Assignment Physiology presentation ch 6 7 14

Assignment Physiology presentation ch 6 7 14 - Blood...

Info iconThis preview shows pages 1–6. Sign up to view the full content.

View Full Document Right Arrow Icon
Blood Clotting, Immune Response, Allergic Reaction, and Hormone Release Tabitha Neufind HCA220 Rebecca Riznyk
Background image of page 1

Info iconThis preview has intentionally blurred sections. Sign up to view the full version.

View Full DocumentRight Arrow Icon
Blood Clotting When a blood vessel is injured the body will attempt to stop too much blood from being lost. This process is accomplished by solidifying the blood. This process is called coagulation. Coagulation involves the formation of a blood clot or a thrombus. This thrombus prevents further blood loss, damage to tissues, blood vessels, and organs. A thrombus is made of fibrin and platelets. Platelets are cells that “circulate in the blood and serve to form a platelet plug over damaged vessels” (University of Illinois, n.d). Platelets have three primary functions.” Sticking to injured blood vessels Attach to other blood platelets to create a larger blood clot. Support the process of the coagulation cascade” (University of Illinois, n.d). Fibrin is “the protein formed during normal blood clotting that is the essence of the clot” (Medicine.Net, 2010). The platelets and fibrin work together to form a blood clot.
Background image of page 2
How a Blood Clot Is Made When an injury occurs the blood vessel constricts to decrease the amount of blood flowing through the vessel. “Thrombocytes stick to the damaged area of the blood vessel wall and form clumps to block the blood flow” (Turley, 2007). The clotting process is activated in the plasma and fibrin is produced. The fibrin help to “trap erythrocytes and form a thrombus” (Turley, 2007). When bleeding is finally stopped this is known as homeostasis. The size of the blood clot is “limited by the action of heparin, a natural anticoagulant” (Turley, 2007).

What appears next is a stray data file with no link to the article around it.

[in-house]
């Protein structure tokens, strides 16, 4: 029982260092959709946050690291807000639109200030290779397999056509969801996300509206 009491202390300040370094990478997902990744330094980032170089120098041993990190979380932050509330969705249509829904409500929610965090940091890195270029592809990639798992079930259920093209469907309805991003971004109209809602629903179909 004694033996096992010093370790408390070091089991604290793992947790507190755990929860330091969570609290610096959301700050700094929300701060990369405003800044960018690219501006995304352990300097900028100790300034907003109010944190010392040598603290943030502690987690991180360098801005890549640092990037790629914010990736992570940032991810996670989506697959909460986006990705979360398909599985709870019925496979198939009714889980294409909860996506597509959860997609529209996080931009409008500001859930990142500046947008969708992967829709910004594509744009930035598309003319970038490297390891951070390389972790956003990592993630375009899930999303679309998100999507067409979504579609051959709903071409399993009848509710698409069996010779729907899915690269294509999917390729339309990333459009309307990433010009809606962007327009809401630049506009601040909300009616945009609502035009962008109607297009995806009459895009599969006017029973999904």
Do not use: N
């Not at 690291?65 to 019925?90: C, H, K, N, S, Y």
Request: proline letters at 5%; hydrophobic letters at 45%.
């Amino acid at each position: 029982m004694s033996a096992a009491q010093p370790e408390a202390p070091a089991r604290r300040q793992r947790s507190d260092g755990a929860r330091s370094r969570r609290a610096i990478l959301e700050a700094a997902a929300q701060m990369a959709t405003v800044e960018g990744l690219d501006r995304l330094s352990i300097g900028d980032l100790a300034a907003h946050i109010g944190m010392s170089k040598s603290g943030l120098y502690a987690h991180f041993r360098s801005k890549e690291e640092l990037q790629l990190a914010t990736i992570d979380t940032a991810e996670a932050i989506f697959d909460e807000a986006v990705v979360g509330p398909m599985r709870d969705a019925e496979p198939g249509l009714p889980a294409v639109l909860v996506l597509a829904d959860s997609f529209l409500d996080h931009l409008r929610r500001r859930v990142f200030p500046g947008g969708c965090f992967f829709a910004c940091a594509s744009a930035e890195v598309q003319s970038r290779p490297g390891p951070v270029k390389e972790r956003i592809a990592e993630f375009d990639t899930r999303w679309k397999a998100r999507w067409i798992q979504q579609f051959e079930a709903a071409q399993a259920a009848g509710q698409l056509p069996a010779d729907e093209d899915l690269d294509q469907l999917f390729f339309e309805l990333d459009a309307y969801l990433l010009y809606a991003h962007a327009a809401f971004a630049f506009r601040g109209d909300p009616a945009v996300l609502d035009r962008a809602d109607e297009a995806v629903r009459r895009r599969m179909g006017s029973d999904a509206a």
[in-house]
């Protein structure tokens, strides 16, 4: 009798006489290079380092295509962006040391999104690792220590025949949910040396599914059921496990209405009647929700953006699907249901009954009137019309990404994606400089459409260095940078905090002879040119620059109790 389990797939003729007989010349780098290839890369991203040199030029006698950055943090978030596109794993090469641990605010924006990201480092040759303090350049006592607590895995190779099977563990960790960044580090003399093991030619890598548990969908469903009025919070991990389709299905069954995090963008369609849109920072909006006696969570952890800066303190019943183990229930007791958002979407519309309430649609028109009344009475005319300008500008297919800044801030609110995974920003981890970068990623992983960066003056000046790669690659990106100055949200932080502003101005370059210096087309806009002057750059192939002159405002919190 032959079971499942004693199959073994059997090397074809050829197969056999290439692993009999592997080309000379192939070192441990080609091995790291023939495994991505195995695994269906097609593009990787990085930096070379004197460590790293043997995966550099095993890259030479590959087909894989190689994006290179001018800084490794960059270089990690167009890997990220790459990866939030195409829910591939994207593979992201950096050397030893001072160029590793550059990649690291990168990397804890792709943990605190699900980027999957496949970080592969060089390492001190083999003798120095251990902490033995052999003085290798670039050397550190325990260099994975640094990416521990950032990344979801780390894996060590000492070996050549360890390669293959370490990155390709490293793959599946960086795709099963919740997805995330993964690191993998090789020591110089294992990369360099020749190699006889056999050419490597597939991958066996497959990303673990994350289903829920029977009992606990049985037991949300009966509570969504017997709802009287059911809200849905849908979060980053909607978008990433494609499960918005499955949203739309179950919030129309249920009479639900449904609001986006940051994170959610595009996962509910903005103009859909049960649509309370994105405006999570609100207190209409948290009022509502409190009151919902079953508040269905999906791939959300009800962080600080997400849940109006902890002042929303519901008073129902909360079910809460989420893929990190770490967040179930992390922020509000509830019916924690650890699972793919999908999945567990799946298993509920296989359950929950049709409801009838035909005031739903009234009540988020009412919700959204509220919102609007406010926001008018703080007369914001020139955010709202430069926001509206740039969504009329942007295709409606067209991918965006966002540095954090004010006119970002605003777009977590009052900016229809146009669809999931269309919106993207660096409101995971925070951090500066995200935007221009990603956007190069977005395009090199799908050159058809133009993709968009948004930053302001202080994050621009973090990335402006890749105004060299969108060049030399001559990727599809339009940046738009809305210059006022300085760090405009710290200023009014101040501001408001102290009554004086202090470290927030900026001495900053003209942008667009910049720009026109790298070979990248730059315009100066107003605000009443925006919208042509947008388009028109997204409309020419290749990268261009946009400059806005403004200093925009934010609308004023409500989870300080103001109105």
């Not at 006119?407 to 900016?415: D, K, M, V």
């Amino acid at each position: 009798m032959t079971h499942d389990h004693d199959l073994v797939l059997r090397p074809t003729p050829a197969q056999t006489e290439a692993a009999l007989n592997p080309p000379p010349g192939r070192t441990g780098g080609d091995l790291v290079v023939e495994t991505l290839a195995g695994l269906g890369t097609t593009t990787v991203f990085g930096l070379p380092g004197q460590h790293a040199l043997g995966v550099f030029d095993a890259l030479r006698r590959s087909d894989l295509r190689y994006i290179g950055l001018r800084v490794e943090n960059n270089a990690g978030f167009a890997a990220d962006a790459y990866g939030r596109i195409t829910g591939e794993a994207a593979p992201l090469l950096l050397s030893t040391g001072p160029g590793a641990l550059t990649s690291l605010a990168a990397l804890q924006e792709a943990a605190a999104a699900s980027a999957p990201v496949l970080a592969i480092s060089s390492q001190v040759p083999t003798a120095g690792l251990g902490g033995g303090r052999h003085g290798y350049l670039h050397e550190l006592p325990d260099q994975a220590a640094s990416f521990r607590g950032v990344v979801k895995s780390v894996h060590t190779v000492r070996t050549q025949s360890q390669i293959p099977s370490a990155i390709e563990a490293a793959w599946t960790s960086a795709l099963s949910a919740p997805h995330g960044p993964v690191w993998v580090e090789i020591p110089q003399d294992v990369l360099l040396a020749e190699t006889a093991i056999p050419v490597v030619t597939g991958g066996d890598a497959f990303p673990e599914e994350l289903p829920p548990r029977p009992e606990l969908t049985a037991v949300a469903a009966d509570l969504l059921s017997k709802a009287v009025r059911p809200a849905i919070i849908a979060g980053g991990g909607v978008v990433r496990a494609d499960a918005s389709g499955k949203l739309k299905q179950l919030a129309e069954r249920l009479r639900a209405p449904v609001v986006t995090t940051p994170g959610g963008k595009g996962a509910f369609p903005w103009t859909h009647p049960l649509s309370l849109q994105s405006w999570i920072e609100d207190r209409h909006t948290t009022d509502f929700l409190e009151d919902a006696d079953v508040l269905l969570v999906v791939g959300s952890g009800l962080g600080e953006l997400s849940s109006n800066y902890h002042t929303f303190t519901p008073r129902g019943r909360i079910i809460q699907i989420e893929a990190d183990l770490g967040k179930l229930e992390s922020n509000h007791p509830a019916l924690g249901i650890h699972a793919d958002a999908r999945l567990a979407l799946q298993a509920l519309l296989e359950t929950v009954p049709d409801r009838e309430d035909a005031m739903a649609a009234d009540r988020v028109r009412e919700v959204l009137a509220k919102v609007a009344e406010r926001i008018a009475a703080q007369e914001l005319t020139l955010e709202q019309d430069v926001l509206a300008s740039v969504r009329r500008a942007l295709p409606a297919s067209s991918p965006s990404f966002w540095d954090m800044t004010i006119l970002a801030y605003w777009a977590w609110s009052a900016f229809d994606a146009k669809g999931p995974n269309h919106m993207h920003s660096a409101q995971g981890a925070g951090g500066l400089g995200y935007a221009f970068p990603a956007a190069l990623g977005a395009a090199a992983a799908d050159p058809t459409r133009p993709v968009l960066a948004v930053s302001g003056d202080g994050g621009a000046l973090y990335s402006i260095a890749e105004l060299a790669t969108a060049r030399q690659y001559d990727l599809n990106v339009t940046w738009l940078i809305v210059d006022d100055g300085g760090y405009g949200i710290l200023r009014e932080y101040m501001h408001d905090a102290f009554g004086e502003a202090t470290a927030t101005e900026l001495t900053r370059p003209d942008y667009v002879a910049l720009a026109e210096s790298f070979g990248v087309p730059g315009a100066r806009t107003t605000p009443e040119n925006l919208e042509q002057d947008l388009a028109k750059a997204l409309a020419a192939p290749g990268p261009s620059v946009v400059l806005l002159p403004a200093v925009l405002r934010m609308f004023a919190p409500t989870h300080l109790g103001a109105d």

Background image of page 3

Info iconThis preview has intentionally blurred sections. Sign up to view the full version.

View Full DocumentRight Arrow Icon
The Immune System The immune system is composed of these 10 body organs or systems. o Skin o Adenoids o Tonsils o Thymus o Lymph System o Lymph Nodes o Spleen o Appendix o Intestinal Lymph Nodes o Bone Marrow
Background image of page 4
The Immune Response The immune response is a effort that is coordinated by both the blood and the lymphatic system to destroy foreign bodies. The immune response begins with the detection of a foreign body such as a microorganism or even cancerous cells within the body. Once a microorganism has been detected in the blood or lymphatic system there are several methods the body uses to attack. Cytokines is a chemical that injured tissue in the body releases that will summon leukocytes to the area. Neutrophils swamp
Background image of page 5

Info iconThis preview has intentionally blurred sections. Sign up to view the full version.

View Full DocumentRight Arrow Icon
Image of page 6
This is the end of the preview. Sign up to access the rest of the document.

This note was uploaded on 11/27/2010 for the course HCA 220 220 taught by Professor Sumpter during the Spring '10 term at University of Phoenix.

Page1 / 12

Assignment Physiology presentation ch 6 7 14 - Blood...

This preview shows document pages 1 - 6. Sign up to view the full document.

View Full Document Right Arrow Icon
Ask a homework question - tutors are online